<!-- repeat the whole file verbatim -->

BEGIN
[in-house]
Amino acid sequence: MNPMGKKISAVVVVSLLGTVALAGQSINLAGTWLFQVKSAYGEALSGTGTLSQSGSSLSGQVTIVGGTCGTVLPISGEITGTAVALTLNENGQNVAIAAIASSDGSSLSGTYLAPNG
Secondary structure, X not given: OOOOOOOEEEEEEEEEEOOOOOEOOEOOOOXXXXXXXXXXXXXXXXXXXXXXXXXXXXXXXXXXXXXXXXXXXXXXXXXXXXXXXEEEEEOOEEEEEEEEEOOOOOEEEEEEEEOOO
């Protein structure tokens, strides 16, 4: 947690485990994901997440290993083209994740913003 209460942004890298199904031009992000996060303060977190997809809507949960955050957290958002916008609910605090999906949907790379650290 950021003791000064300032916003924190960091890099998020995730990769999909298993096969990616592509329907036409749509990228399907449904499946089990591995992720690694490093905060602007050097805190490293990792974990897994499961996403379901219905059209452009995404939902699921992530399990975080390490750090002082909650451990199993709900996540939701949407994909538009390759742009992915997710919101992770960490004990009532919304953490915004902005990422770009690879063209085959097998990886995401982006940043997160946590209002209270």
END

[in-house]
Amino acid sequence: MNPMGKKISAVVVVSLLGTVALAGQSINLAGTWLFQVKSAYGEALSGTGTLSQSGSSLSGQVTIVGGTCGTVLPISGEITGTAVALTLNENGQNVAIAAIASSDGSSLSGTYLAPNG
Secondary structure, X not given: OOOOOOOEEEEEEEEEEOOOOOEOOEOOOOXXXXXXXXXXXXXXXXXXXXXXXXXXXXXXXXXXXXXXXXXXXXXXXXXXXXXXXEEEEEOOEEEEEEEEEOOOOOEEEEEEEEOOO
């Protein structure tokens, strides 16, 4: 947690485990994901997440290993083209994740913003 209460942004890298199904031009992000996060303060977190997809809507949960955050957290958002916008609910605090999906949907790379650290 950021003791000064300032916003924190960091890099998020995730990769999909298993096969990616592509329907036409749509990228399907449904499946089990591995992720690694490093905060602007050097805190490293990792974990897994499961996403379901219905059209452009995404939902699921992530399990975080390490750090002082909650451990199993709900996540939701949407994909538009390759742009992915997710919101992770960490004990009532919304953490915004902005990422770009690879063209085959097998990886995401982006940043997160946590209002209270």